Aaron Copland

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In honor of Copland's 70th birthday on November 14, 1970, Bernstein wrote this article, entitled "Copland at 70: An Intimate Sketch." The two musicians had been close friends since their first meeting in 1937. By 1970, Copland had virtually stopped composing. Bernstein reminisces about the development of their friendship, and attempts to explain Copland's creative lapse.

On November 14, Aaron Copland will be seventy years old. November 14--it's a date seared into my mind. Two of the most important events of my life occurred on that day, the first in 1937, the second in 1943--and so I never forget Aaron's birthday.

In the fall of 1937 I had just begun my junior year at Harvard. Although I had never seen Copland, I had long adored him through his music. He was the composer who would lead American music out of the wilderness, and I pictured him as a cross between Walt Whitman and an Old Testament prophet, bearded and patriarchal. I had dug up and learned as much of his music as I could find; the Piano Variations had virtually become my trademark. I was crazy about them then--and I still find them marvelous today--but in those days, I especially enjoyed disrupting parties with the work. It was the furthest you could go in avant-garde 'noise,' and I could be relied upon to empty any room in Boston within three minutes by sitting down at the piano and starting it.

. . . On magical November 14 [a friend and I] came to New York . . . to the Guild Theater on Broadway for [a dance] recital [by Anna Sokolow]. Our seats happened to be in the first row of the balcony; I made my way through. . . . Already in his seat on my right was an odd-looking man in his thirties, a pair of glasses resting on his great hooked nose and a mouth filled with teeth flashing a wide grin. . . . [Our friend] leaned across to greet him, then introduced us: 'Aaron Copland . . . Leonard Bernstein.' I almost fell out of the balcony.

At the end of the recital, Copland announced that it was his birthday, that he was having a few people up to his 'loft' (Aaron Copland's famous loft! Where he worked!) and would we care to join them.

As was my shameless wont, I gravitated to the piano. Naturally, I began with the Variations. . . . From that time on, Aaron and I were fast friends. He seemed to be terribly taken by the conviction with which I played his music and even made such extravagant remarks as, 'I wish I could play it like that.' And thereafter, whenever I came to New York I went to Aaron's. . . . And all during those years I would bring him my own music for his criticism. . . . I would show Aaron the bits and pieces and he would say, "All that has to go. . . . This is just pure Scriabin. You've got to get that out of your head and start fresh. . . ." And in these sessions he taught me a tremendous amount about taste, style and consistency in music. . . . Aaron became the closest thing to a composition teacher I ever had.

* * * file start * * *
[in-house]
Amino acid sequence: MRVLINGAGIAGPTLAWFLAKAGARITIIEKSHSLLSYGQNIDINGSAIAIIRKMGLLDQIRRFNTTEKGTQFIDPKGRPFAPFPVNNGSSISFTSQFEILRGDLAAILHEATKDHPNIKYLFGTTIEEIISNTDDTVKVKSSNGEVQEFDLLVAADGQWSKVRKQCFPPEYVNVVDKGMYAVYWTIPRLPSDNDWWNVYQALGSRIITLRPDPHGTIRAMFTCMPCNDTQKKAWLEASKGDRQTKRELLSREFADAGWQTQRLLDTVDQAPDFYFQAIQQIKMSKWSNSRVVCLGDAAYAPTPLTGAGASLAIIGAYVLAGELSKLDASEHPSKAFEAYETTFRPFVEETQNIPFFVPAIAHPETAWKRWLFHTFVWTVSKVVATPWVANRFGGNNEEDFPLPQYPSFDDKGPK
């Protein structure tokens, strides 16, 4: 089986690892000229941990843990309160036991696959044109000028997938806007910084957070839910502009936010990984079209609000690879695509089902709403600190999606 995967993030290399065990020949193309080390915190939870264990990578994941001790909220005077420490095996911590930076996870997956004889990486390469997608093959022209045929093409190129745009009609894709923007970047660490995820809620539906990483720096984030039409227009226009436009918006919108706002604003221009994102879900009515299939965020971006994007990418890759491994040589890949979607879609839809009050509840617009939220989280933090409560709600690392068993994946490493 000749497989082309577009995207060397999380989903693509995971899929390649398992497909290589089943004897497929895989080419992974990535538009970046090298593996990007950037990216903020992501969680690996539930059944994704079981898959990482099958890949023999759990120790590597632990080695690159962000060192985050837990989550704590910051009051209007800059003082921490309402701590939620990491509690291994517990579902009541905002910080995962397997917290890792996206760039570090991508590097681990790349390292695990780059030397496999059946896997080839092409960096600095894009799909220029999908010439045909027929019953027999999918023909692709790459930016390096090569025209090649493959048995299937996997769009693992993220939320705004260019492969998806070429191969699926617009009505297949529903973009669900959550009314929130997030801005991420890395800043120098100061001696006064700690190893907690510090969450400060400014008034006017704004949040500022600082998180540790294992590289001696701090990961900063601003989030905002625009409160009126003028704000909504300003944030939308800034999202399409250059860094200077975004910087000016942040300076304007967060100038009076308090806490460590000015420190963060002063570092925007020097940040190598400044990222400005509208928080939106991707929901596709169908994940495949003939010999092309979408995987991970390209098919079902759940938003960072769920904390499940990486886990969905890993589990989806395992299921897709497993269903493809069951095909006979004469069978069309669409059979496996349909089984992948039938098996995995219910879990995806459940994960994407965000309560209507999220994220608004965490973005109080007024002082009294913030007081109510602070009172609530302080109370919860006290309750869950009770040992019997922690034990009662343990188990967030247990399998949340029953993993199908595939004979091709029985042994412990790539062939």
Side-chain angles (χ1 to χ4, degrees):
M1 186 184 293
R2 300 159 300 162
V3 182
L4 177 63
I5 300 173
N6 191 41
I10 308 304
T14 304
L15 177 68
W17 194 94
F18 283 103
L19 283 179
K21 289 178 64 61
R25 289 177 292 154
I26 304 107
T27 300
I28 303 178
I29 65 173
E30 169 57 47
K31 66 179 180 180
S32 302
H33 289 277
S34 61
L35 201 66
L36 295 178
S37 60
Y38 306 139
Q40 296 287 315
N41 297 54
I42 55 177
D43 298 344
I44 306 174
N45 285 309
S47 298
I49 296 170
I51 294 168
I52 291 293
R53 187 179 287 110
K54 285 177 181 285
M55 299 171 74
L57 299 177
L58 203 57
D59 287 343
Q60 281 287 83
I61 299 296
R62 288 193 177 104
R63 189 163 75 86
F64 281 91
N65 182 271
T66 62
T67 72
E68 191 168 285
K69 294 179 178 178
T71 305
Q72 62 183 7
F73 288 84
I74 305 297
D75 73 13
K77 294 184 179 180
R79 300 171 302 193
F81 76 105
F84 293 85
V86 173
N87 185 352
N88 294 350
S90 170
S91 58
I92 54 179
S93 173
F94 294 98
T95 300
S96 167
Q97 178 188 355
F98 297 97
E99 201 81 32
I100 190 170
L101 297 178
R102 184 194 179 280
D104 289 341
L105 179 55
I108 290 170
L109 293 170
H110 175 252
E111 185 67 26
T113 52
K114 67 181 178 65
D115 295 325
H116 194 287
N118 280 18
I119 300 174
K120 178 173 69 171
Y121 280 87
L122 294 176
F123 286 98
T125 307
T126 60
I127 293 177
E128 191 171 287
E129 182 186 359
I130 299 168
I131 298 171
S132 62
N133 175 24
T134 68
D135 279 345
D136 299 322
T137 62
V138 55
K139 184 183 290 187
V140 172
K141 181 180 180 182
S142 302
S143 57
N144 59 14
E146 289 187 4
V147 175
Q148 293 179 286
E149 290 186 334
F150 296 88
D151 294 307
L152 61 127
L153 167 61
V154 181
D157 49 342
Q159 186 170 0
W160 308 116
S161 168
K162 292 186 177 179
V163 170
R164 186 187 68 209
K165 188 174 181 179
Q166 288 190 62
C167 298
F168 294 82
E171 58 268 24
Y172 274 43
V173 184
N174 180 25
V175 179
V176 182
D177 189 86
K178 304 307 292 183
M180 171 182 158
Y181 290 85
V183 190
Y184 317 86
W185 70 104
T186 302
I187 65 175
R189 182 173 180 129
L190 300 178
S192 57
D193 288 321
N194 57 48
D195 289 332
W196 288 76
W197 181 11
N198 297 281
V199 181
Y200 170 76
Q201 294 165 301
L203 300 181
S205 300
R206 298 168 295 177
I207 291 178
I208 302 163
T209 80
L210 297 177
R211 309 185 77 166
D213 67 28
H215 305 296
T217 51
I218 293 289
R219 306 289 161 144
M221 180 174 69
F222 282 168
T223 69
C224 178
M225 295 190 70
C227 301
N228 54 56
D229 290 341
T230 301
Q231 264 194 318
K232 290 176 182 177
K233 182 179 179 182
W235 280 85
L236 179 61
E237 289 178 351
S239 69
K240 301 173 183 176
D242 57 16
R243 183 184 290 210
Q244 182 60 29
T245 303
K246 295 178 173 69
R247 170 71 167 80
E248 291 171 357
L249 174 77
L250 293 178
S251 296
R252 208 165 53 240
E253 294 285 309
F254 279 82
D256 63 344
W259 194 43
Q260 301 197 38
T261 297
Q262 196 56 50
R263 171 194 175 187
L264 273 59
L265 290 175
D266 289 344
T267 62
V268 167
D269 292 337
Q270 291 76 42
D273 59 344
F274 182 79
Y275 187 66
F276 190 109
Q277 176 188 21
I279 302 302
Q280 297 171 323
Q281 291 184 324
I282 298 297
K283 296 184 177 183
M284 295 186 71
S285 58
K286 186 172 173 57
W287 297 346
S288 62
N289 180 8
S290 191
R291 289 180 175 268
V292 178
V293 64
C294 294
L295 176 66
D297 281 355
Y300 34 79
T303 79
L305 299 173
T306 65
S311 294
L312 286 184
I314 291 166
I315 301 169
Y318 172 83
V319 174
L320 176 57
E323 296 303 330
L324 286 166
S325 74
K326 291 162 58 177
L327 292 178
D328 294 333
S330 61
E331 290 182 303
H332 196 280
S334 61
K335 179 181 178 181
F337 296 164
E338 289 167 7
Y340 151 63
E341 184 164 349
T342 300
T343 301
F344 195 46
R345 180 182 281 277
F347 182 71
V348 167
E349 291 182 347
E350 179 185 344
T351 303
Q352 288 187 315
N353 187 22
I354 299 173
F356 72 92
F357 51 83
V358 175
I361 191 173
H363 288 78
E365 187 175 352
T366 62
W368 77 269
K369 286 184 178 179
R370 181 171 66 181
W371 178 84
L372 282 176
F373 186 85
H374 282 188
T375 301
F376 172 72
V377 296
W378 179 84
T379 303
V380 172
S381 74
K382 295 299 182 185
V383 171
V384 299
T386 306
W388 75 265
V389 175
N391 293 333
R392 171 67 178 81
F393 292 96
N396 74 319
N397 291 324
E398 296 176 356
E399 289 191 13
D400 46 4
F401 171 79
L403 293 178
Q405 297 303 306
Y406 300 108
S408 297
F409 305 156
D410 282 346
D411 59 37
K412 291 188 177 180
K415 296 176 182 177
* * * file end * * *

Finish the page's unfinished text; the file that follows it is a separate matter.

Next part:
. . . I was not, certainly, the only young musician for whom Aaron was a beacon. In America he was The Leader, the one to whom the young always came with their compositions. Every premiere of a new Copland work found the concert hall filled with young composers and musicians.

. . . But then, after the war, the Schoenberg syndrome took hold and was heartily embraced by the young, who gradually stopped flocking to Aaron; the effect on him--and therefore on American music--was heartbreaking. . . . When [Aaron] started writing twelve-tone I figured that it was inevitable. . . . But still I asked him, 'Of all people, why you--you who are so instinctive, so spontaneous? Why are you bothering with tone rows and with the rules of retrograde and inversion, all that?' And he answered me, 'Because I need more chords. I've run out of chords.' And that lasted for four more pieces and then he didn't write any more. How sad for him. How awful for us.

Of course, as Aaron himself pointed out, . . . how many composers have lived into their late sixties still writing? We know the obvious example of Verdi, who at sixty thought he was through as an operatic composer . . . only to emerge after a fifteen-year hiatus, in his mid-seventies, with his two masterpieces Otello and Falstaff. Perhaps, we can hope, this will happen to Aaron. All it will take, it seems to me, is another musical turn, this time to a rediscovery of the basic simplicities of art, in which Copland will once more be looked to as a leader, will once again feel wanted as a composer.

Happy Birthday, Aaron. We miss your music.

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